Calf strains are athletic injuries that often garner little attention from researches and lecturers in the realm of orthopedics. They are, however, common injuries that can keep you on the shelf and unable to participate in your favorite sports and activities for extended periods of time. Maybe you’ve been playing tennis or basketball and felt a sudden pain in the back of your lower leg that causes you to pull up limping. As a competitive athlete, you try to push through the pain hoping it subsides but you soon realize that the more you push yourself, the worse the pain becomes. This happens because you’ve stretched the muscle beyond its limits which results in tearing of the fibers of the muscle itself. Depending on the degree of the tearing of these fibers it may heal quickly or can nag at you for weeks or even months. Calf strains come are graded based on their severity. The most common system grades them on a scale of 1-3 as listed below.

  • Grade I (mild) - Relatively few fibers are torn. Often this degree of tearing is not felt until the next morning upon waking up and stepping out of bed. You will notice that it doesn’t cause much discomfort until the muscle is stretched to its end-point when stretching or during activity. Usually there is little swelling or bruising and it tends to heal within days or a week or two depending on the individual. A short period of rest followed by a gradual build up to regular activities is usually necessary for recovery.
  • Grade 2 (moderate) - Many fibers are torn which often results in swelling and/or bruising to the posterior lower leg. You will often feel immediate pain when pointing your toes down to the ground (plantarflexion) and when pointing your toes back towards your upper body (dorsiflexion). Often, a decrease in plantarflexion is also noted during the examination. Patients often describe tightness and tenderness to touch in this area as well. Patients can also usually pin-point the moment they noticed the injury, unlike with first degree strains. With this degree of injury, you will find it difficult to run, jump, or even walk extended distances without discomfort. A moderate period of rest of 2-4 weeks depending on the individual is often necessary for healing to occur. Treatment may also involve a brief period of immobilization in a walking boot to protect the muscle from further injury. We also often use physical therapy as a resource which results in a quicker return to your normal activity level. NSAID’s can be used to alleviate pain when necessary.
  • Grade 3 (severe) - Between 90-100 per cent of the muscle fibers are torn. We often use the term rupture to describe this injury. Pain is felt immediately and substantial bruising and swelling are noted during physical exam. In some cases, an abnormal appearance of the calf muscle is observed with a visible or palpable deficit in the muscle where the tear is located. With this degree of injury, you will find it very difficult to put weight down on the injured side without experiencing major discomfort. Often an MRI is ordered to evaluate the extent of the tear and to check for tendon involvement. Treatment may involve surgery depending on the location and the extent of the ruptured tissue. Immobilization in a cast or a boot with no weight bearing allowed for 3-6 weeks is often the appropriate treatment for a grade 3 strain. Physical therapy will be necessary for a speedier return to activities but plan on at least 8-12 weeks before your back to your usual self again.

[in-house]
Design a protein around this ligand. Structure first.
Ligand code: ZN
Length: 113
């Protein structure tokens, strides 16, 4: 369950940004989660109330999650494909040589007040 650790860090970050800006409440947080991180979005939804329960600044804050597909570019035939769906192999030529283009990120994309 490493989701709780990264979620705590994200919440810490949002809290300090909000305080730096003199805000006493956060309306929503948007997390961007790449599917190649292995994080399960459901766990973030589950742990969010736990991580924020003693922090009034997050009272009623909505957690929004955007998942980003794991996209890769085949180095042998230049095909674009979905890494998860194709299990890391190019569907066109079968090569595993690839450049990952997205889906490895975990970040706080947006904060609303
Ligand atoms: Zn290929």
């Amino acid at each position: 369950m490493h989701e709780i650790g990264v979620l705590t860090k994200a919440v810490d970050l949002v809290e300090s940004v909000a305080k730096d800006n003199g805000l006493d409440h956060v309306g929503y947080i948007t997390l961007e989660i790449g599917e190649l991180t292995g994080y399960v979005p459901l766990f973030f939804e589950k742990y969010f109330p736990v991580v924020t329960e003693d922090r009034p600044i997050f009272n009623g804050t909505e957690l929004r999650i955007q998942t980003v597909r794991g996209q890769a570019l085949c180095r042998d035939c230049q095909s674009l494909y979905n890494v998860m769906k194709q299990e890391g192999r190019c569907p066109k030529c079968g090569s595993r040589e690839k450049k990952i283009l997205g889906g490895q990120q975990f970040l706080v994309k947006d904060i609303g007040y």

Your foot and ankle specialist or orthopedist will perform a thorough history and physical examination to determine the appropriate treatment for you. Our goal, as always, is to help our patients heal these injuries quickly and completely so they can get back to participating in the activities they enjoy.



  • In which sports do calf strains most commonly occur?
    • Any sport that involves rapid acceleration which requires pushing off a plantarflexed foot with a lot of force. i.e., tennis, basketball, football and soccer, for example. These injuries can also occur due to overuse, so sports that involve running for long distances at a time can lend themselves to these injuries.
  • If I have had a calf strain before does that make me more likely to experience another?
    • Studies have shown that those patients who have had calf strains in the past are slightly more likely to suffer another calf strain or injury than someone who has never had one. The reason for this is because those torn fibers can heal back into normal position but the healed tissue is structurally different (scar tissue) than the tissue seen in uninjured muscles.
  • What can I do to avoid a calf strain?
    • As with many soft tissue injuries of the foot and ankle you can reduce your changes of suffering a calf strain by proper warm and stretching prior to and after physical activity. I think people often forget to cool down and stretch after athletic activity but more and more research is suggesting that it is just as important for avoiding injury.  
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